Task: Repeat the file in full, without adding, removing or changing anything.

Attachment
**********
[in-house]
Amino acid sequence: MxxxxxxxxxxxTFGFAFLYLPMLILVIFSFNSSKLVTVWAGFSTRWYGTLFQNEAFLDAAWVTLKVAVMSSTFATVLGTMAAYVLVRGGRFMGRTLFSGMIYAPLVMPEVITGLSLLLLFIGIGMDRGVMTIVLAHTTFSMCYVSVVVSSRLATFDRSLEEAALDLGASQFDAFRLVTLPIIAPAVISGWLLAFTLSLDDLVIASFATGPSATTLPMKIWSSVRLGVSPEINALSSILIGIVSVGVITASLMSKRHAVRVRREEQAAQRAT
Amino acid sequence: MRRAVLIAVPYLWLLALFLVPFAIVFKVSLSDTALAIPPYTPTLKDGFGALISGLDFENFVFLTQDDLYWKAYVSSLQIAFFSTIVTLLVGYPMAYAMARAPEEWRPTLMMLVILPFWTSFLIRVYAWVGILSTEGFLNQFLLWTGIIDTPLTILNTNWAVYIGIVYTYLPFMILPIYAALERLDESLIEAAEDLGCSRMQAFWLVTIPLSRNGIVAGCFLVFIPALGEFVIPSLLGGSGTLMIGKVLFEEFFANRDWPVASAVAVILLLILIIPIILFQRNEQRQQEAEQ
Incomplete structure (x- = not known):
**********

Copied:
[in-house]
Amino acid sequence: MxxxxxxxxxxxTFGFAFLYLPMLILVIFSFNSSKLVTVWAGFSTRWYGTLFQNEAFLDAAWVTLKVAVMSSTFATVLGTMAAYVLVRGGRFMGRTLFSGMIYAPLVMPEVITGLSLLLLFIGIGMDRGVMTIVLAHTTFSMCYVSVVVSSRLATFDRSLEEAALDLGASQFDAFRLVTLPIIAPAVISGWLLAFTLSLDDLVIASFATGPSATTLPMKIWSSVRLGVSPEINALSSILIGIVSVGVITASLMSKRHAVRVRREEQAAQRAT
Amino acid sequence: MRRAVLIAVPYLWLLALFLVPFAIVFKVSLSDTALAIPPYTPTLKDGFGALISGLDFENFVFLTQDDLYWKAYVSSLQIAFFSTIVTLLVGYPMAYAMARAPEEWRPTLMMLVILPFWTSFLIRVYAWVGILSTEGFLNQFLLWTGIIDTPLTILNTNWAVYIGIVYTYLPFMILPIYAALERLDESLIEAAEDLGCSRMQAFWLVTIPLSRNGIVAGCFLVFIPALGEFVIPSLLGGSGTLMIGKVLFEEFFANRDWPVASAVAVILLLILIIPIILFQRNEQRQQEAEQ
Incomplete structure (x- = not known):